Judging from this and its last production, Laugh, Red Medusa, Laugh Laugh, Oobleck is bullish on radical lesbian feminism. And if the unconvincing female performances in both productions are any clue, this constitutes more of a political affiliation than an overt sexual preference. Which makes the female Ooblecks look like wannabe lesbians, and awkward ones at that. No doubt Theater Oobleck could resolve much of their cognitive-associative dissonance concerning feminism if they'd just decide once and for all whether or not heterosexual intercourse is an essentially violent act. That would save us all a lot of time.
Anarchy is Oobleck's other major preoccupation, and Somalia, Etcetera manifests it as satires of a number of political and religious leaders including Benazir Bhutto, Muhammad, Siad Barre, and the Korean opposition candidates, Kim Young Sam and Kim Dae Jung. Unfortunately, most of these satires are ignorant cheap shots. The scene with Muhammad is set in 700 AD, 68 years after he died, and portrays him as an arrogant camel jockey concerned primarily with the domination of women. Perhaps the funniest parts of the play, however, are the digressions to South Korea, where the opposition candidates work out in boxing shorts with their "handlers," and affect a variety of electable poses.
Oobleck prides itself on working without a director, and this too, no doubt, has something to do with anarchy. They surely can't be faulted for this practice since, as any actor could tell you, no director is better than nine out of ten directors in the business. But in this case it's a moot point. What Somalia, Etcetera really needs is an editor. David Isaacson's script, written with the company, is bloated and redundant. Half the scenes are either dreadfully inert or easily expendable. What do the South Korean scenes, however funny they may be, have to do with Somalia? For that matter, what does this whole play have to do with Somalia? How many times is it necessary to cover the same ground about how incompatible religious and political systems are with the feminist movement? The problem here isn't production, but conception. And, at the conceptual level, Oobleck's anarchy translates as myopia and sloppiness.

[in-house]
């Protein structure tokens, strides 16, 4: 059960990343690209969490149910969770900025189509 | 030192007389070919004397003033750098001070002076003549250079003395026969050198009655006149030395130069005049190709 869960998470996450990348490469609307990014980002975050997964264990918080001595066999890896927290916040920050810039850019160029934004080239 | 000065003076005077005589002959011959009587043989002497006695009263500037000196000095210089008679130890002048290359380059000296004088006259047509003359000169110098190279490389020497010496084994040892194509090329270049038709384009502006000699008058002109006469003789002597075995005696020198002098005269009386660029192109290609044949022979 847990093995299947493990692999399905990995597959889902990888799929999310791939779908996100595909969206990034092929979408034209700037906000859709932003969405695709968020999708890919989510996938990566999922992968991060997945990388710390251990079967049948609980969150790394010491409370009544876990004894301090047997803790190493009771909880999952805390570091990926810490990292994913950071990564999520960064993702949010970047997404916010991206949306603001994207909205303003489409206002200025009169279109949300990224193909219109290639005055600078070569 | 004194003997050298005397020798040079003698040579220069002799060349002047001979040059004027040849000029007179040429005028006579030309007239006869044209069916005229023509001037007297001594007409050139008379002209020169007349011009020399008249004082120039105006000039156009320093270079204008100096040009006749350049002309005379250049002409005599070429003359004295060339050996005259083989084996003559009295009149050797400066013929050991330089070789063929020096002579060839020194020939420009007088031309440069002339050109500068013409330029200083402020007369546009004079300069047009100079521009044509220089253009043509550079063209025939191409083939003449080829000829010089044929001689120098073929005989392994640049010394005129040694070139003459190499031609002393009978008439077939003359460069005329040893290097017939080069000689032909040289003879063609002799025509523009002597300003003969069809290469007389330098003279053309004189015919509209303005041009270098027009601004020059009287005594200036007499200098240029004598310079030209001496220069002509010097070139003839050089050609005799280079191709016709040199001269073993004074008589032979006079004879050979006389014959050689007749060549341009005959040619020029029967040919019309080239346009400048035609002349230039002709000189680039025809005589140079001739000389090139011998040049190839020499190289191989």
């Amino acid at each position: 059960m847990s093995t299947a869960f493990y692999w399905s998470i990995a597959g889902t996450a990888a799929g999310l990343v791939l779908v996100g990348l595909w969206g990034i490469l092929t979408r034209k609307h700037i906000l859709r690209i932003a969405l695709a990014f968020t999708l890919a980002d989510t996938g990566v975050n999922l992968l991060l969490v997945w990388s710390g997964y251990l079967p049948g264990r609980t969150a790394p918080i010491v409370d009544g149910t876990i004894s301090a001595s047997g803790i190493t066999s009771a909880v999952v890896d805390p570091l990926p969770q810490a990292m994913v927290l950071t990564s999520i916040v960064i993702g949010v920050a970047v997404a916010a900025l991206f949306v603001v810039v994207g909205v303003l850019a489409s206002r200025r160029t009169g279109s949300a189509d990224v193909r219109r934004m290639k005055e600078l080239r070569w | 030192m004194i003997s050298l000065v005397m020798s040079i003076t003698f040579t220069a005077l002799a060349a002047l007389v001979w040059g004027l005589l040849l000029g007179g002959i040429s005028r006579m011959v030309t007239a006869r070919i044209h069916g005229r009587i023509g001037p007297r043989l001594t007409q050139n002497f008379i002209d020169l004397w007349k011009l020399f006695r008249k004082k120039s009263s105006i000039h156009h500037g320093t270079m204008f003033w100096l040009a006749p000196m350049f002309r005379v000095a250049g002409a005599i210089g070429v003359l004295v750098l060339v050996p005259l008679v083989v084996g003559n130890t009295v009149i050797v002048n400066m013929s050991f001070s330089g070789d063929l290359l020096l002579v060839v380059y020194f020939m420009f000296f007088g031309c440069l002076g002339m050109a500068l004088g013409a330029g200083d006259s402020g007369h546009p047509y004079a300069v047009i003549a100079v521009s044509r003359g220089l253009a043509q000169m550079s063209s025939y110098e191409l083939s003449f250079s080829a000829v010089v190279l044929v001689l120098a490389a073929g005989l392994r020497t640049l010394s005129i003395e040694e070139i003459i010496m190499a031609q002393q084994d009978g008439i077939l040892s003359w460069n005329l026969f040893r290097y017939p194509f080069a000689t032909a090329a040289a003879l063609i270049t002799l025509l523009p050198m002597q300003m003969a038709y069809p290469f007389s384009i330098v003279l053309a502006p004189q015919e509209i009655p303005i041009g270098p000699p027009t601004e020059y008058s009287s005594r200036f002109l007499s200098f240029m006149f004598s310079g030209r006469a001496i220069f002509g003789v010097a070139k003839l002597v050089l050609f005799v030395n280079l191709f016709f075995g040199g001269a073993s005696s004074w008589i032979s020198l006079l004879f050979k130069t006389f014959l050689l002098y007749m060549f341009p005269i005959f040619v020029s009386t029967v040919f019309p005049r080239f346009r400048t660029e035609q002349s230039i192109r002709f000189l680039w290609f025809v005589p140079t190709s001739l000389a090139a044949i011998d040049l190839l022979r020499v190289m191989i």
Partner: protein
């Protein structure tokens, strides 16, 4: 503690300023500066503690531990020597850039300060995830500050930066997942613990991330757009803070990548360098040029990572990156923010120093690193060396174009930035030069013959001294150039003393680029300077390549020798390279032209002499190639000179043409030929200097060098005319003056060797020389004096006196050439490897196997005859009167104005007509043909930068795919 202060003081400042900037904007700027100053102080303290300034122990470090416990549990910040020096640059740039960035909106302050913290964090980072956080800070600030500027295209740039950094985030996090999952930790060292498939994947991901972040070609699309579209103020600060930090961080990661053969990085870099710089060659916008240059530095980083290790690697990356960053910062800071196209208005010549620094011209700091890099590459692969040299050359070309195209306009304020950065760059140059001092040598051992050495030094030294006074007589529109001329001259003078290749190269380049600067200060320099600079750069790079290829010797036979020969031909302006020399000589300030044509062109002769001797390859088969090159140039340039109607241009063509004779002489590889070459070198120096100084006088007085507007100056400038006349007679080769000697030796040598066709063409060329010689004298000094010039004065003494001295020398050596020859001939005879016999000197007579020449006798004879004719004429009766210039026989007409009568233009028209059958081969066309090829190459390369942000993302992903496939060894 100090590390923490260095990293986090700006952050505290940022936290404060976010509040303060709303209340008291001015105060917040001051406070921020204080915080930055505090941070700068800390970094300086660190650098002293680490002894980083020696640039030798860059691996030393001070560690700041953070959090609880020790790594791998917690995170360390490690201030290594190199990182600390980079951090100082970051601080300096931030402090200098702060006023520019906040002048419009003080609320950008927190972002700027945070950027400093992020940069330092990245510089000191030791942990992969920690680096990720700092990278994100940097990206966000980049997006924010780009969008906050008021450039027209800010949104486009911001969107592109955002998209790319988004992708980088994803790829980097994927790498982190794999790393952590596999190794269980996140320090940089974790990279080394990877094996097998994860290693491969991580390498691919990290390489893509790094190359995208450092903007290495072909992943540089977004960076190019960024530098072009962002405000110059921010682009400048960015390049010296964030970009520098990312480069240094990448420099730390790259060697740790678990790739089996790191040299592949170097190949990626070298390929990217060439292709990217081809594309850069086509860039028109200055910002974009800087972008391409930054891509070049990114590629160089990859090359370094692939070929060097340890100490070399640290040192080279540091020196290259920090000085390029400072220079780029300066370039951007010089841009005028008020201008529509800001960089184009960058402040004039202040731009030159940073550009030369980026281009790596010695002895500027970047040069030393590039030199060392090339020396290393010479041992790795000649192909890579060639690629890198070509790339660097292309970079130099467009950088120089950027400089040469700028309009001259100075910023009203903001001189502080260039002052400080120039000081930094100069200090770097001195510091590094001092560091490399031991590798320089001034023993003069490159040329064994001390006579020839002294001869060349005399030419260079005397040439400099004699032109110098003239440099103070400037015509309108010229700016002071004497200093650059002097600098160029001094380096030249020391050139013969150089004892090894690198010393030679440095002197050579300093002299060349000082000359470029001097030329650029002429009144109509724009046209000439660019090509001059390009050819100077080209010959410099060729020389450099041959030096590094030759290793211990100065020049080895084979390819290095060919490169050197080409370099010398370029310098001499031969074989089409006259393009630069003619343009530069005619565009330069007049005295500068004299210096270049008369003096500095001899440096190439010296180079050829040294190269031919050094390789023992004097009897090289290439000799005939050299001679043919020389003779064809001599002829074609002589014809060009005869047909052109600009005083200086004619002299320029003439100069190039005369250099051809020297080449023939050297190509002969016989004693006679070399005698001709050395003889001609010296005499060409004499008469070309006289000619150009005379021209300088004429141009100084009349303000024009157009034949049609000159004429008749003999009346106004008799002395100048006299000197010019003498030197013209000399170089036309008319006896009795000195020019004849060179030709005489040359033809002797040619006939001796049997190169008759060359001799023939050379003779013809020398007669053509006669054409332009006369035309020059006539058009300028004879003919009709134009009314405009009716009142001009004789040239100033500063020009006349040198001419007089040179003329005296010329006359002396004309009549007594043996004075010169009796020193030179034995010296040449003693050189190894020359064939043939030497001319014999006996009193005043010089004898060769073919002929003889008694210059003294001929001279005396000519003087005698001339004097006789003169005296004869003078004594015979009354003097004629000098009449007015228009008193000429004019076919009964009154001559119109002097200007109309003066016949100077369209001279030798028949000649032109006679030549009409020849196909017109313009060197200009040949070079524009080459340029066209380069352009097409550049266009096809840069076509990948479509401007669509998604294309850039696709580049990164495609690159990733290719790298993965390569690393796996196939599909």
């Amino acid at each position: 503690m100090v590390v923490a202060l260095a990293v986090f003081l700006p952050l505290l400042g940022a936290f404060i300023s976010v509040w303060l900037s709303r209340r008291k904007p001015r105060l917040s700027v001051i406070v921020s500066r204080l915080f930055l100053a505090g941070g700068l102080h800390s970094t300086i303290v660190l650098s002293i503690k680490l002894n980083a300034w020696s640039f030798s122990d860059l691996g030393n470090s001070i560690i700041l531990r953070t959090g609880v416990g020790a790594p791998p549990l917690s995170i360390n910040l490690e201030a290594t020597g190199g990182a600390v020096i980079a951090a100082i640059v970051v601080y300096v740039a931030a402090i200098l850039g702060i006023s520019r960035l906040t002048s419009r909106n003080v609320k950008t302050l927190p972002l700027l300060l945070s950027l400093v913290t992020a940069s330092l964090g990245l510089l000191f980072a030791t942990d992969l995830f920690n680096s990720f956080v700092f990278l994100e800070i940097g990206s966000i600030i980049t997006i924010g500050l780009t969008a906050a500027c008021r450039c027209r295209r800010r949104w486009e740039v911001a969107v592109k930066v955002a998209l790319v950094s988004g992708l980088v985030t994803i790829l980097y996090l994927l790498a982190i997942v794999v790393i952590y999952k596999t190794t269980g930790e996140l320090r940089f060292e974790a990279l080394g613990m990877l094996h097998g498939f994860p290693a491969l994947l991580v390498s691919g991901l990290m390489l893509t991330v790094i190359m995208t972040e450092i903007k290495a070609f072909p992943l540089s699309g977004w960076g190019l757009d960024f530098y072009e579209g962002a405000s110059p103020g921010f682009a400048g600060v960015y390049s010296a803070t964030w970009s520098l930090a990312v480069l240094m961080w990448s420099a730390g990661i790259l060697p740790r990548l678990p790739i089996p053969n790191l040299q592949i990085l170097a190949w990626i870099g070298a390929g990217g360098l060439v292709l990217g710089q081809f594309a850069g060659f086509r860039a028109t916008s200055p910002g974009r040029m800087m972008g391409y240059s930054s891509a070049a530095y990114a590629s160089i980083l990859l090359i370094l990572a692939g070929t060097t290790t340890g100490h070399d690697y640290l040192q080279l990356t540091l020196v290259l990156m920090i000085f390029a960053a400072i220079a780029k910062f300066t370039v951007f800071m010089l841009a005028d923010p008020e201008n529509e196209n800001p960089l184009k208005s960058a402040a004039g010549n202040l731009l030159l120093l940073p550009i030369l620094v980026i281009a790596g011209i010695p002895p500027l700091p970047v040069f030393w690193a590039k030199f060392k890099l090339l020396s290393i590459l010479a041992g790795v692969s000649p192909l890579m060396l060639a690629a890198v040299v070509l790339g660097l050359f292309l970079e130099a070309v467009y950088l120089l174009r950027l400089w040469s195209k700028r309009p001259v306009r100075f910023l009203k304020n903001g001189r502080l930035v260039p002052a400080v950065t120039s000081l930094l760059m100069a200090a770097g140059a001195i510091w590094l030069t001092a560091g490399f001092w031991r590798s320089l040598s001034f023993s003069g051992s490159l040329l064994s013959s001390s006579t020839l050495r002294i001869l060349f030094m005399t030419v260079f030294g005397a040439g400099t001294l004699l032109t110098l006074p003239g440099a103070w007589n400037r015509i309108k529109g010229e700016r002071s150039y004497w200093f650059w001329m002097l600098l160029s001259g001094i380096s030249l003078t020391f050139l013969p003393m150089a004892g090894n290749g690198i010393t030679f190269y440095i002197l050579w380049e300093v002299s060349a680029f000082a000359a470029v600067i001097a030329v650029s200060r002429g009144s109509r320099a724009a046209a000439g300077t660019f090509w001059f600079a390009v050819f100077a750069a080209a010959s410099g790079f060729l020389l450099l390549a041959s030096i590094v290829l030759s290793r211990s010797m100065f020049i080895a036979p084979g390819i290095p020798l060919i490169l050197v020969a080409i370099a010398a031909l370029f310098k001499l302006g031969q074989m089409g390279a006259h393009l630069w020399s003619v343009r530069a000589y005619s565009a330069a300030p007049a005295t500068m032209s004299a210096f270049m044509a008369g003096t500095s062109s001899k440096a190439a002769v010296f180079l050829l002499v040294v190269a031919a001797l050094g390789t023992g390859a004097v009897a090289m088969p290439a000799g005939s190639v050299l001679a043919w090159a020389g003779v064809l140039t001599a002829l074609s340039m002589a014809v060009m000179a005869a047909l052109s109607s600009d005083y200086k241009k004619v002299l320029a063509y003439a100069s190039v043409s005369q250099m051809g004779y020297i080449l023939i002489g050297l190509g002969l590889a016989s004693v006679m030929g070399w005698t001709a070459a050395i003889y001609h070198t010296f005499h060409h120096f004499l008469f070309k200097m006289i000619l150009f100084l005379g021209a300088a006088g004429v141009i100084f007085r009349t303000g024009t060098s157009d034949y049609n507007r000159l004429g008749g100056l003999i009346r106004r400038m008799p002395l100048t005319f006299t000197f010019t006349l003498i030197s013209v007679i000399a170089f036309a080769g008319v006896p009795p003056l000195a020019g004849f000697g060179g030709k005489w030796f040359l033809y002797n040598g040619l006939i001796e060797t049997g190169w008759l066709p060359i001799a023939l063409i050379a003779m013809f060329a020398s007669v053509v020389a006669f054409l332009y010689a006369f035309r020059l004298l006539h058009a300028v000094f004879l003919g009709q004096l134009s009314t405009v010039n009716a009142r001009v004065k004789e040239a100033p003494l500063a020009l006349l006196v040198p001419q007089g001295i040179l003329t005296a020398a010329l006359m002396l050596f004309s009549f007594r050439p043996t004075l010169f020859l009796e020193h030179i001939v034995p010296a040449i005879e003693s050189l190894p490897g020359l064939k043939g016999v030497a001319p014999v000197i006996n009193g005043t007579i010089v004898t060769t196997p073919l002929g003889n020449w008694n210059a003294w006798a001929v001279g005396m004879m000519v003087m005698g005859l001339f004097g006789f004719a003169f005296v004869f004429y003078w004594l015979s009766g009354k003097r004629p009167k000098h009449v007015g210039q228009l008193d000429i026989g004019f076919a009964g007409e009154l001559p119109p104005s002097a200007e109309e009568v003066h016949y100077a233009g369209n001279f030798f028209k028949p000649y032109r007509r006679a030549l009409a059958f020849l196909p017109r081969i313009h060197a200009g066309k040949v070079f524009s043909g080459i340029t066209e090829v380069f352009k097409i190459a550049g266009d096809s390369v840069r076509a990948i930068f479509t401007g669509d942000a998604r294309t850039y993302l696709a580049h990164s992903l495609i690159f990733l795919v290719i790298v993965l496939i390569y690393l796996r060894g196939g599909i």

Performances range from the briefly brilliant to the hugely tiresome. Two of Oobleck's major talents, Jeff Dorchen and Randy Herman, are missing this time around, although Mickle Maher (as the Soviet adviser) and Lisa Black (as Malodorous) brighten up the production in minor roles. Terri Kapsalis, David Isaacson, and Danny Thompson also have some inspired bits. If nothing else, I'll always remember Todd Toussaint running across the stage during the crowd scenes, shouting "Two arms! Two arms!" as if he just discovered them hanging from his shoulders. Silly stuff--wonderfully silly--is scattered here and there, but not enough, and after three hours of sophomoric politics, you lose your sense of humor.
Several productions ago, Oobleck threatened to be the most intelligent new theater company in Chicago. I don't see that now. In Somalia, Etcetera, Oobleck is a parody of itself--a bunch of middle-class white kids (except for Allan Louis, who's black and wasted in two very small token roles) dressing down for the revolution. They're more concerned with how they look than what they do. There's even a song where, in effect, they apologize for being white. It's humiliating, or would be, if they were critical of themselves enough to realize it. But they don't seem to have a clue.
Art accompanying story in printed newspaper (not available in this archive): photo/Laura Blanchard.